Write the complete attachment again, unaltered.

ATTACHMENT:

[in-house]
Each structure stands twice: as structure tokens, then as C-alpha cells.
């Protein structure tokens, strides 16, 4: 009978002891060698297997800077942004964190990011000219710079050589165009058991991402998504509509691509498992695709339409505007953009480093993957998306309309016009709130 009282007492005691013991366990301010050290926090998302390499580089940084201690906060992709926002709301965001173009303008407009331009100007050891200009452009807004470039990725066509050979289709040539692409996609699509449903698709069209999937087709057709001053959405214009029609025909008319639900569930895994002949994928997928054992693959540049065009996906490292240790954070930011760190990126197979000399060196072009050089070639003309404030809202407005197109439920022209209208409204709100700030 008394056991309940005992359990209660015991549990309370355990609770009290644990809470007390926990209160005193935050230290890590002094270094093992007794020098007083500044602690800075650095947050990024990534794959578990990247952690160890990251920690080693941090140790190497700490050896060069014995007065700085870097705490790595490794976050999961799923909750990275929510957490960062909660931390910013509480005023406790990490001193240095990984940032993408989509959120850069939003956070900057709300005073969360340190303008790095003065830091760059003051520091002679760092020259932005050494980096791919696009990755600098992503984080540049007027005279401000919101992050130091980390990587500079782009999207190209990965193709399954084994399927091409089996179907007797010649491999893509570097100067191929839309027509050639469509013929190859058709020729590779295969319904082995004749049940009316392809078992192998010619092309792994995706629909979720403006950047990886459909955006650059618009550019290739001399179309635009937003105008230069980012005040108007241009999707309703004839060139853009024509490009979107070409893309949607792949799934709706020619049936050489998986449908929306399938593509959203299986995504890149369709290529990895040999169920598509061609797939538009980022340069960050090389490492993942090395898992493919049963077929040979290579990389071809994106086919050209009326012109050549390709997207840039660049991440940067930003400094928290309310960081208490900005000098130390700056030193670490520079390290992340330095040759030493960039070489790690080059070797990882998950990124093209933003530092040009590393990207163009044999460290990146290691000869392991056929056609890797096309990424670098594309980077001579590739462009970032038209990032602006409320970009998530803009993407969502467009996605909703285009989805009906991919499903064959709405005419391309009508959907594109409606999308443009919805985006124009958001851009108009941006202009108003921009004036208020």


[in-house]
Each structure stands twice: as structure tokens, then as C-alpha cells.
């Protein structure tokens, strides 16, 4: 009978002891060698297997800077942004964190990011000219710079050589165009058991991402998504509509691509498992695709339409505007953009480093993957998306309309016009709130 009282007492005691013991366990301010050290926090998302390499580089940084201690906060992709926002709301965001173009303008407009331009100007050891200009452009807004470039990725066509050979289709040539692409996609699509449903698709069209999937087709057709001053959405214009029609025909008319639900569930895994002949994928997928054992693959540049065009996906490292240790954070930011760190990126197979000399060196072009050089070639003309404030809202407005197109439920022209209208409204709100700030 008394056991309940005992359990209660015991549990309370355990609770009290644990809470007390926990209160005193935050230290890590002094270094093992007794020098007083500044602690800075650095947050990024990534794959578990990247952690160890990251920690080693941090140790190497700490050896060069014995007065700085870097705490790595490794976050999961799923909750990275929510957490960062909660931390910013509480005023406790990490001193240095990984940032993408989509959120850069939003956070900057709300005073969360340190303008790095003065830091760059003051520091002679760092020259932005050494980096791919696009990755600098992503984080540049007027005279401000919101992050130091980390990587500079782009999207190209990965193709399954084994399927091409089996179907007797010649491999893509570097100067191929839309027509050639469509013929190859058709020729590779295969319904082995004749049940009316392809078992192998010619092309792994995706629909979720403006950047990886459909955006650059618009550019290739001399179309635009937003105008230069980012005040108007241009999707309703004839060139853009024509490009979107070409893309949607792949799934709706020619049936050489998986449908929306399938593509959203299986995504890149369709290529990895040999169920598509061609797939538009980022340069960050090389490492993942090395898992493919049963077929040979290579990389071809994106086919050209009326012109050549390709997207840039660049991440940067930003400094928290309310960081208490900005000098130390700056030193670490520079390290992340330095040759030493960039070489790690080059070797990882998950990124093209933003530092040009590393990207163009044999460290990146290691000869392991056929056609890797096309990424670098594309980077001579590739462009970032038209990032602006409320970009998530803009993407969502467009996605909703285009989805009906991919499903064959709405005419391309009508959907594109409606999308443009919805985006124009958001851009108009941006202009108003921009004036208020």